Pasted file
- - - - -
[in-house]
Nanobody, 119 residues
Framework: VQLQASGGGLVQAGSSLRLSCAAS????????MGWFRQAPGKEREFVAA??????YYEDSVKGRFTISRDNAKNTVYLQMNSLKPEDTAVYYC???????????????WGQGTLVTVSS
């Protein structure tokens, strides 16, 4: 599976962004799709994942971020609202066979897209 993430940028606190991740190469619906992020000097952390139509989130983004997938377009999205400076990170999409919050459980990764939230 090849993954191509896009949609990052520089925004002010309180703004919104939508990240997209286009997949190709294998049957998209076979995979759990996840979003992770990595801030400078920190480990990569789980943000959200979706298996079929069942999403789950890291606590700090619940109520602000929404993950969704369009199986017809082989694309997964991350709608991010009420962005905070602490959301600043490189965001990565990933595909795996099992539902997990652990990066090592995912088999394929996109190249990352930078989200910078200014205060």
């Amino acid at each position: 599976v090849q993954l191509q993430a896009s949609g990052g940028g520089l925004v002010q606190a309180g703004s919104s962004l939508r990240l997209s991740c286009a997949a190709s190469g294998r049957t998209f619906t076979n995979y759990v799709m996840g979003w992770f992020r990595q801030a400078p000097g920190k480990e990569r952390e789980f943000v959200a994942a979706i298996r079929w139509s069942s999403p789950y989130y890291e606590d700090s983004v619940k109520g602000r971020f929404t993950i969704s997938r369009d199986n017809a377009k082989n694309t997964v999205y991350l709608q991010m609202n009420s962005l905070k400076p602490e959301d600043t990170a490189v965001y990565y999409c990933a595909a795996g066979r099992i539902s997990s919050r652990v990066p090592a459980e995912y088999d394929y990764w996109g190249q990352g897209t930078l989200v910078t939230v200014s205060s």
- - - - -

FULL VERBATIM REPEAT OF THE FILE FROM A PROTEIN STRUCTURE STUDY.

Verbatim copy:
[in-house]
Nanobody, 119 residues
Framework: VQLQASGGGLVQAGSSLRLSCAAS????????MGWFRQAPGKEREFVAA??????YYEDSVKGRFTISRDNAKNTVYLQMNSLKPEDTAVYYC???????????????WGQGTLVTVSS
């Protein structure tokens, strides 16, 4: 599976962004799709994942971020609202066979897209 993430940028606190991740190469619906992020000097952390139509989130983004997938377009999205400076990170999409919050459980990764939230 090849993954191509896009949609990052520089925004002010309180703004919104939508990240997209286009997949190709294998049957998209076979995979759990996840979003992770990595801030400078920190480990990569789980943000959200979706298996079929069942999403789950890291606590700090619940109520602000929404993950969704369009199986017809082989694309997964991350709608991010009420962005905070602490959301600043490189965001990565990933595909795996099992539902997990652990990066090592995912088999394929996109190249990352930078989200910078200014205060």
């Amino acid at each position: 599976v090849q993954l191509q993430a896009s949609g990052g940028g520089l925004v002010q606190a309180g703004s919104s962004l939508r990240l997209s991740c286009a997949a190709s190469g294998r049957t998209f619906t076979n995979y759990v799709m996840g979003w992770f992020r990595q801030a400078p000097g920190k480990e990569r952390e789980f943000v959200a994942a979706i298996r079929w139509s069942s999403p789950y989130y890291e606590d700090s983004v619940k109520g602000r971020f929404t993950i969704s997938r369009d199986n017809a377009k082989n694309t997964v999205y991350l709608q991010m609202n009420s962005l905070k400076p602490e959301d600043t990170a490189v965001y990565y999409c990933a595909a795996g066979r099992i539902s997990s919050r652990v990066p090592a459980e995912y088999d394929y990764w996109g190249q990352g897209t930078l989200v910078t939230v200014s205060s």